Her son died after snorting heroin in the basement of her house nearly 17 years ago, and Ginger Katz has been sharing her story with children, teens and parents ever since.
Earlier in the week she had made the presentation to ninth- and 10th-graders in one session and 11th- and 12th-graders in another. The foundation works to engage home, school and community in a public health endeavor to keep children safe from drugs.
"It was the night before the funeral and I couldn't sleep," she began the presentation, explaining her drive to speak out on the issue of teen drug use. "We were telling everyone that we wanted to wait for the toxicology report, but we knew. The doctors wanted us to say he died of aneurysm but we wouldn't do this. I had a vision, and I visualized speaking out. I said, `If this is happening in our family, it must be happening to others but no one's talking about it.'"
As she has more than 1,000 times regionally and nationally before, Katz went on to tell the story of her son, Ian Eaccarino. She said the first time she ran into trouble with him was when she found he'd been smoking cigarettes in eighth grade. During high school, he was withdrawn and sullen, which she said she attributed to adolescence, but in fact he had started smoking marijuana and drinking. At one point, she forced him to take a drug test, the decision a result of irregular behavior and her own suspicions. He first tried to switch the urine, then failed. Looking for ways to straighten him out, Katz and her husband sent him to counseling. As Ian continued to play lacrosse and baseball and looked toward college, Katz later found out that he was also taking more -- and more dangerous -- drugs. She believes his drug use in the beginning part of high school was a critical time in his addiction.
"This is an adolescent disease," she told the audience. "The majority of people who become addicted start as an adolescent. If we can get our kids to 21 without using drugs, they have a much better chance."
By sophomore year of college, Ian was snorting heroin. Katz said he had graduated from using it on weekends to five times per day in only a few months. He was dead only months later.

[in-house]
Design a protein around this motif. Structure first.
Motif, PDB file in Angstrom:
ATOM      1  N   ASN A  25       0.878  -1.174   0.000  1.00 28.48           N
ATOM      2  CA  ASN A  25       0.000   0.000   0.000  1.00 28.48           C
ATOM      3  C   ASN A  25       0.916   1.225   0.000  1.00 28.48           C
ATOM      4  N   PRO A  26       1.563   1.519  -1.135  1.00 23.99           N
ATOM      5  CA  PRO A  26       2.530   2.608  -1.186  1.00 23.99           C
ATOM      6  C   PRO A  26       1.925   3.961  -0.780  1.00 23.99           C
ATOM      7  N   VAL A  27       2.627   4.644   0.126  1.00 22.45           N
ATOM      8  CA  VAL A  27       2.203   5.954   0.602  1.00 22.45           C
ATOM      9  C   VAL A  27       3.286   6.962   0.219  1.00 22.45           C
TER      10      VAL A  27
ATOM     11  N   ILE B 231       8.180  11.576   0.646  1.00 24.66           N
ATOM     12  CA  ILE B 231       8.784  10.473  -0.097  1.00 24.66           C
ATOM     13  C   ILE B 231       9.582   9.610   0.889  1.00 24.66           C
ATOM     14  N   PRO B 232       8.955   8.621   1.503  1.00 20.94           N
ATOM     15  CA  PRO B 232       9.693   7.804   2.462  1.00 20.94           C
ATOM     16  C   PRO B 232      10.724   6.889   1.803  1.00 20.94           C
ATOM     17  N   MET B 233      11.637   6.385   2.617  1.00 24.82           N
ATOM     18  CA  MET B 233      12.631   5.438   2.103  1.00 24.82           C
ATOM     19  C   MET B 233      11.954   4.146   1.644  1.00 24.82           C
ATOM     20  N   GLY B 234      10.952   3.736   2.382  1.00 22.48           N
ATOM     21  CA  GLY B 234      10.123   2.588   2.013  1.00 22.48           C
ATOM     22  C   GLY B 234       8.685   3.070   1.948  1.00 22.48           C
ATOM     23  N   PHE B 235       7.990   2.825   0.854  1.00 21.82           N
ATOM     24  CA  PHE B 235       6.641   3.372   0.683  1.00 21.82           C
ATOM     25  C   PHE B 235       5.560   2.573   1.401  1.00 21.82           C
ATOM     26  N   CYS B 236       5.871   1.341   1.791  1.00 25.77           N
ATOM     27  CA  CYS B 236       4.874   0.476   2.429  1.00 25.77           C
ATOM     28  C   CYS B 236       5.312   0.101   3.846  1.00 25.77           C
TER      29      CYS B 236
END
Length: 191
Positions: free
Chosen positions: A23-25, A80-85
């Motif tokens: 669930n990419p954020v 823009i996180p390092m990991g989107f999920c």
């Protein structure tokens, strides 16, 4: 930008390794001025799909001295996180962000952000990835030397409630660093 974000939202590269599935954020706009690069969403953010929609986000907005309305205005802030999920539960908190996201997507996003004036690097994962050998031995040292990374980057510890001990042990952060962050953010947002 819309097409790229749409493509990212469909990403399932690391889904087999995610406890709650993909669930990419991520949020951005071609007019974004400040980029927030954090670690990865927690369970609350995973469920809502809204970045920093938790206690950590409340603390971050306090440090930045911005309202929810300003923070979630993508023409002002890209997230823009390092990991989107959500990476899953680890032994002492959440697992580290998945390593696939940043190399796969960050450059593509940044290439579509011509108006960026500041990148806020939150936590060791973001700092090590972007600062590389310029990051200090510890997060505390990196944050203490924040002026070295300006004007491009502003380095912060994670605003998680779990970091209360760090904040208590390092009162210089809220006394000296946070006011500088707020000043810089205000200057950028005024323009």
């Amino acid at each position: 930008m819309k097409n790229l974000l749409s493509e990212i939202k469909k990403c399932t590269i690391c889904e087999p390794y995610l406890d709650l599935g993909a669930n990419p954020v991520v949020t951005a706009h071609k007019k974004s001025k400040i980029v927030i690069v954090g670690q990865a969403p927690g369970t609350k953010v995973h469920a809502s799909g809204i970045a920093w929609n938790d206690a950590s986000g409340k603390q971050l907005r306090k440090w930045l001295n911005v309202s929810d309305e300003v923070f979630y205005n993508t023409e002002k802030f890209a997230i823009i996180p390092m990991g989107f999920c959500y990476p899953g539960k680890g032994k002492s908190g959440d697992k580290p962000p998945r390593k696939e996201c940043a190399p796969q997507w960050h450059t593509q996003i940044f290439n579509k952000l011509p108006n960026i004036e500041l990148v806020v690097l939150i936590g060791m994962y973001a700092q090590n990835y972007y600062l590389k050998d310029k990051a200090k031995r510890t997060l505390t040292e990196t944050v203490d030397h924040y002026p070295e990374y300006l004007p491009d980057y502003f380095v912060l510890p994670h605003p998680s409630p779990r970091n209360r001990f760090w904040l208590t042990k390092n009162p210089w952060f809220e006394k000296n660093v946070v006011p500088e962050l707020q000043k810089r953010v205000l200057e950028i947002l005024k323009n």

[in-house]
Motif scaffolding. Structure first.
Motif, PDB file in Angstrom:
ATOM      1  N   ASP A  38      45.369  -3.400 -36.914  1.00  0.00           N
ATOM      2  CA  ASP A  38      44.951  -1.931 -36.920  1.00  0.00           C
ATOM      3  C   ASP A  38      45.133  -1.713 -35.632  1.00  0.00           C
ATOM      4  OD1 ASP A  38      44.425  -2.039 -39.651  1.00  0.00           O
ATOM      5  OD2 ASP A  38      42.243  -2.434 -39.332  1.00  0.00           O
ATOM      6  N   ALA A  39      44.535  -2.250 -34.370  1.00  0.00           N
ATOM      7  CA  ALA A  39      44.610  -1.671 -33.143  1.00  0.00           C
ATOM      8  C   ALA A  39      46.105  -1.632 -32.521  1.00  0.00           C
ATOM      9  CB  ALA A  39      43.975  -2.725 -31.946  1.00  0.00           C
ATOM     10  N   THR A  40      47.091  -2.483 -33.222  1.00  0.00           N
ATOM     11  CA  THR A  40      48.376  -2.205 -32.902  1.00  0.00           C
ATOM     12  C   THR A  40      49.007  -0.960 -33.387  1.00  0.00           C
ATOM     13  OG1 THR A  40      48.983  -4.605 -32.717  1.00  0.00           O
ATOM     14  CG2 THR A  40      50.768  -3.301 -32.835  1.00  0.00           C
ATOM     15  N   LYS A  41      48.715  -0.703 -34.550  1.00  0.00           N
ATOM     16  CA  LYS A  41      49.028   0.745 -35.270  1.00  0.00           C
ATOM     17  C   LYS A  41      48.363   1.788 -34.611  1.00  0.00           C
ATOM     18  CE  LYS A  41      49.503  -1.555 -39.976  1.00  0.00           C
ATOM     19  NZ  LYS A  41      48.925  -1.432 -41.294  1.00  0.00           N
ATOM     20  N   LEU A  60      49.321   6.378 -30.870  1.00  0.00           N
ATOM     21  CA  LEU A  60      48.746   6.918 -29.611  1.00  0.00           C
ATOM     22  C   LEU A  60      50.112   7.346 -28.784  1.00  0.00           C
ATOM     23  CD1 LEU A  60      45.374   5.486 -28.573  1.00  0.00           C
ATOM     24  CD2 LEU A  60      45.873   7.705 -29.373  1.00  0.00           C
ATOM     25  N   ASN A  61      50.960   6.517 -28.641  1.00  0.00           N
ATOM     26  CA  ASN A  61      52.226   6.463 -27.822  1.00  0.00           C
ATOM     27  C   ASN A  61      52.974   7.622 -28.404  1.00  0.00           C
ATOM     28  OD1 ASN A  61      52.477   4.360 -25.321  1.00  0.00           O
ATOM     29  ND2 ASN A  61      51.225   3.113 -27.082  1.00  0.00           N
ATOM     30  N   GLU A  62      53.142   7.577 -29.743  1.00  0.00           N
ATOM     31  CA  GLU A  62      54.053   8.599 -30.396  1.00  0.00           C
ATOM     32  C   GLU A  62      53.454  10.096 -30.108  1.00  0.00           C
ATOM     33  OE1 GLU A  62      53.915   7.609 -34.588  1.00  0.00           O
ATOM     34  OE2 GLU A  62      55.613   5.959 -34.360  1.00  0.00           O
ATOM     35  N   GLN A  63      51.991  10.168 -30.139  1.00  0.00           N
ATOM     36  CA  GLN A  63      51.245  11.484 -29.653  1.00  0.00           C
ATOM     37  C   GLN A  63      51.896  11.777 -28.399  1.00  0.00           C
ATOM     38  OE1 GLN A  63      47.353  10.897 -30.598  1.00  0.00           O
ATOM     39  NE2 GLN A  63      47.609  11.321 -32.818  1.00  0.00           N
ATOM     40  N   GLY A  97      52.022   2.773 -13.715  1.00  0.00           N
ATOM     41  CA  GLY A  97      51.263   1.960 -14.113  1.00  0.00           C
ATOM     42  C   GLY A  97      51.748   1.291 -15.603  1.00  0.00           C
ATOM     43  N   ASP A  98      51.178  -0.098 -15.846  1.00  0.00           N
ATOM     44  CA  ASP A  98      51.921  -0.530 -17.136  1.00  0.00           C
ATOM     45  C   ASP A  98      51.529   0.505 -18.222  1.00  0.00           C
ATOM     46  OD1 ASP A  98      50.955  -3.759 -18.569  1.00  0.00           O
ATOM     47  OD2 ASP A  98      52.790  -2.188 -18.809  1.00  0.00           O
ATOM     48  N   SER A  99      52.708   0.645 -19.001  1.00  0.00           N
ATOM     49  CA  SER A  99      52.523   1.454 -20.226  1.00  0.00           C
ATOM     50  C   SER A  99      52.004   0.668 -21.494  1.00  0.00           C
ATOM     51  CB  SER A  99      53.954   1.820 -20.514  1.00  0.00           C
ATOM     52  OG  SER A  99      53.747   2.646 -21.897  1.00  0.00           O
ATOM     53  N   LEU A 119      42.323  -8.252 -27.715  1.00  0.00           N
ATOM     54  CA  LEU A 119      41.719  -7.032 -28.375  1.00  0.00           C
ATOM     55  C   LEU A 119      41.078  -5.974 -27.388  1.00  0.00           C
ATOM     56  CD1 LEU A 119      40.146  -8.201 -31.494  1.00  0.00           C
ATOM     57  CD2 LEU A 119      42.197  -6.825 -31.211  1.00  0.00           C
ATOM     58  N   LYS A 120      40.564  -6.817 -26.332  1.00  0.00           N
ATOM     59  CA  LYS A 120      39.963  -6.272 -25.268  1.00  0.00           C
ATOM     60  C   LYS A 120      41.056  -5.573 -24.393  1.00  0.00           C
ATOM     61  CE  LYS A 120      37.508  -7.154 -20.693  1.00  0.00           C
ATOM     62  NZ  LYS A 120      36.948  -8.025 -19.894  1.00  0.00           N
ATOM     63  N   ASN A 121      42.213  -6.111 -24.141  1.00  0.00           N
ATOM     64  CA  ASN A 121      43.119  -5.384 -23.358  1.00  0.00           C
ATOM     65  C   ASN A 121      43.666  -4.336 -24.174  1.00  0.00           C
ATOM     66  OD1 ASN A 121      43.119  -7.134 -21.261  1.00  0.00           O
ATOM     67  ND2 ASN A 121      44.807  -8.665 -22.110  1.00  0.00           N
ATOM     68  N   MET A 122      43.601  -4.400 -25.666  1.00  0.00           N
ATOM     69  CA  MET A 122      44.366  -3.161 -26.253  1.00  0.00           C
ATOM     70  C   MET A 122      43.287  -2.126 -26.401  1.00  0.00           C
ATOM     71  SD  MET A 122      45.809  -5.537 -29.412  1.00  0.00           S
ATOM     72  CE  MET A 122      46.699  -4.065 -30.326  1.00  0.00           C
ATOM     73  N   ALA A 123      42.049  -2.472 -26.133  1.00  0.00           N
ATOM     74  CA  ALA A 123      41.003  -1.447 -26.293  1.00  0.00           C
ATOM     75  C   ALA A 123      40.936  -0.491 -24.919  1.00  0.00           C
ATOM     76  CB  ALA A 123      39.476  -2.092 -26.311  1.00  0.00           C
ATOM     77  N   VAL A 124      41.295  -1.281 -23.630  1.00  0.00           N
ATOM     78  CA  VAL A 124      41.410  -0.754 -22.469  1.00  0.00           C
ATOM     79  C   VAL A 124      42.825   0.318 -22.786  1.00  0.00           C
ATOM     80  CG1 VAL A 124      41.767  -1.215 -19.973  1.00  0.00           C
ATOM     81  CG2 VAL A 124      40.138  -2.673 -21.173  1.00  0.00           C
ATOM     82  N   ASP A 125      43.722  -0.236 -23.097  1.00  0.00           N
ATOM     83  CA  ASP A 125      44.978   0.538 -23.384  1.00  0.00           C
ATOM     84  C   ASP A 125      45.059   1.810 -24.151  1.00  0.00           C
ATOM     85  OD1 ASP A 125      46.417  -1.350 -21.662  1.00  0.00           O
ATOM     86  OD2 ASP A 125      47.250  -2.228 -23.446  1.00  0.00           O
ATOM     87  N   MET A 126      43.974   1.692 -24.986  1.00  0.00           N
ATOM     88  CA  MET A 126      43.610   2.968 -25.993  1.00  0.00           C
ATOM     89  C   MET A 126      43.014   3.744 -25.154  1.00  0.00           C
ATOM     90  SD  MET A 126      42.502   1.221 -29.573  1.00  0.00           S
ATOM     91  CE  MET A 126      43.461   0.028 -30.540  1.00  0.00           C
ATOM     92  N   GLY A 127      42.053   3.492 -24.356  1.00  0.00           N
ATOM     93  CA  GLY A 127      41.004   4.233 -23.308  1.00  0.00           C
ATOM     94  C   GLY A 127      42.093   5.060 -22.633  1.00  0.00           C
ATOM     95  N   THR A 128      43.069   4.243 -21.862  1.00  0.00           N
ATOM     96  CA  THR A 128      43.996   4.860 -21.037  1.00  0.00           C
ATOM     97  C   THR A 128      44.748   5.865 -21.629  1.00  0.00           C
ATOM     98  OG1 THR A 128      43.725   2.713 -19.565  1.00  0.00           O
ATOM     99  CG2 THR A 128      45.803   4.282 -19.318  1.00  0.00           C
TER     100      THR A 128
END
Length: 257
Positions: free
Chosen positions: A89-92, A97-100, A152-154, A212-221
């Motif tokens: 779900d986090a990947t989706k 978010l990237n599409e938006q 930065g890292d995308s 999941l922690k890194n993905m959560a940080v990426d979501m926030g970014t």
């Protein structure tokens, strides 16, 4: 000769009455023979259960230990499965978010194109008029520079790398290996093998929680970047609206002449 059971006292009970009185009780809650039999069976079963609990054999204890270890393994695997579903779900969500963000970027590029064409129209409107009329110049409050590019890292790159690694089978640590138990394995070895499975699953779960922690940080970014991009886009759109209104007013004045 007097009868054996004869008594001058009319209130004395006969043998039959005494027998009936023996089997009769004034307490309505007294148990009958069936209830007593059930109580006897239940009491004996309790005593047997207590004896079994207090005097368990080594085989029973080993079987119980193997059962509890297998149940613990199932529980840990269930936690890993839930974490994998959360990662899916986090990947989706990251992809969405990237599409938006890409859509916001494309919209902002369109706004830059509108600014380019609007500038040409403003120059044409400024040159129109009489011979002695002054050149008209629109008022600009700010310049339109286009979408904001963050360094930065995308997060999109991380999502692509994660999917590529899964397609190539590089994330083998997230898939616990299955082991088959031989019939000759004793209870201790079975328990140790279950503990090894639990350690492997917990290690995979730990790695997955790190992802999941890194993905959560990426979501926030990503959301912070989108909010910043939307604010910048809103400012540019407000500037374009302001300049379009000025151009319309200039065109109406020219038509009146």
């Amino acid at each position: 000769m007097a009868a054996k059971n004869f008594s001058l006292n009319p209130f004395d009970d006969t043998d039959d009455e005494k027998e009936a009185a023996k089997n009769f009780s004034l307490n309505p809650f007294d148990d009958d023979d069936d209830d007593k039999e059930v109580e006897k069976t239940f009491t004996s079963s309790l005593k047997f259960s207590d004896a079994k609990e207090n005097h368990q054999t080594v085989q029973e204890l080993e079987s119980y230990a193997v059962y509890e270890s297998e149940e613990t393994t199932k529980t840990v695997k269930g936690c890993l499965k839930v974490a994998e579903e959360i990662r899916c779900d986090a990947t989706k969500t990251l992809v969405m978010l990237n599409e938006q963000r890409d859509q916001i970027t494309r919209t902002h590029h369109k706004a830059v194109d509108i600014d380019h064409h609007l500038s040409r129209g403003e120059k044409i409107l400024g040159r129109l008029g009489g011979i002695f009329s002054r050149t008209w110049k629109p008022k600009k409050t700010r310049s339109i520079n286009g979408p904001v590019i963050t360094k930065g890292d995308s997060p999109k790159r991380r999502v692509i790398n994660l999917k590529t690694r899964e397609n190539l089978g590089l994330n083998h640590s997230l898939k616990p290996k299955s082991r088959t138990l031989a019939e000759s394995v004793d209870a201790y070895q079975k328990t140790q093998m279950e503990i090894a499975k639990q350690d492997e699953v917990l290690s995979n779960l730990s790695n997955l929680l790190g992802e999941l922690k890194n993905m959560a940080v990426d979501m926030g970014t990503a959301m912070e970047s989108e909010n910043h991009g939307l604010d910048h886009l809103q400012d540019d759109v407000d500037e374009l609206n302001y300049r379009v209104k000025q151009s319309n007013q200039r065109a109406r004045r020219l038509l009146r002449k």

Although Katz did not blame anyone for his descent into drugs, she drove home the point that people must have the courage to speak about addiction, regardless of the stigma surrounding the disease. Details about his life that only came out after his death, including the fact that he was molested by a baby sitter when he was 10 or 11 or that he did PCP in high school, would have made a difference in the way Katz and the family might have dealt with the situation.
Katz, who founded Courage to Speak in 1996, was invited to attend the Community Anti-Drug Coalitions of America's 23rd annual National Leadership Forum, which took place in Washington, D.C., Feb. 4 through 7, where she joined more than 2,000 substance-abuse prevention specialists and advocates from throughout the country.
Her presentation at New Canaan High School seemed to be well received by the parents in attendance.
"(She was) good at articulating her experience and sharing it; she didn't spare anything," said Ron Zimmerman, a father of four. "He looks like a very successful child, a straight-laced kid, and you can be completely mistaken. It makes you realize you have to ask questions. No one is immune, even a child you may think is healthy and fine could be vulnerable."
Katz made the point that it can be difficult for parents to approach the issue of drug use with their teenage children. New Canaanite Stephanie Goldpin explained how she makes sure her children do not use drugs.
"My older children, we ask them directly and confront them and go through belongings and make sure we believe what they said. My younger son, I just let him know that I attend these kinds of meetings," she said.
Another parent, Kelly Harshbarger, echoed the suggestion from Katz not to enable teens by allowing them to avoid punishment.
"We feel like if they were doing something they weren't supposed to, we gave them clear rules in our home and clear consequences," Harshbarger said of her children. "If we felt like they were doing things, we hit them where it hurts: cell phones and car. And you've got to follow through."
Katz ended the program by connecting with the adults on the fact that there's no rule book on how to parent, that you can only do the best you can.
"Keep the conversation going, and your influence is very strong," she said. "Our kids are good kids they just have to make healthy decisions for themselves."
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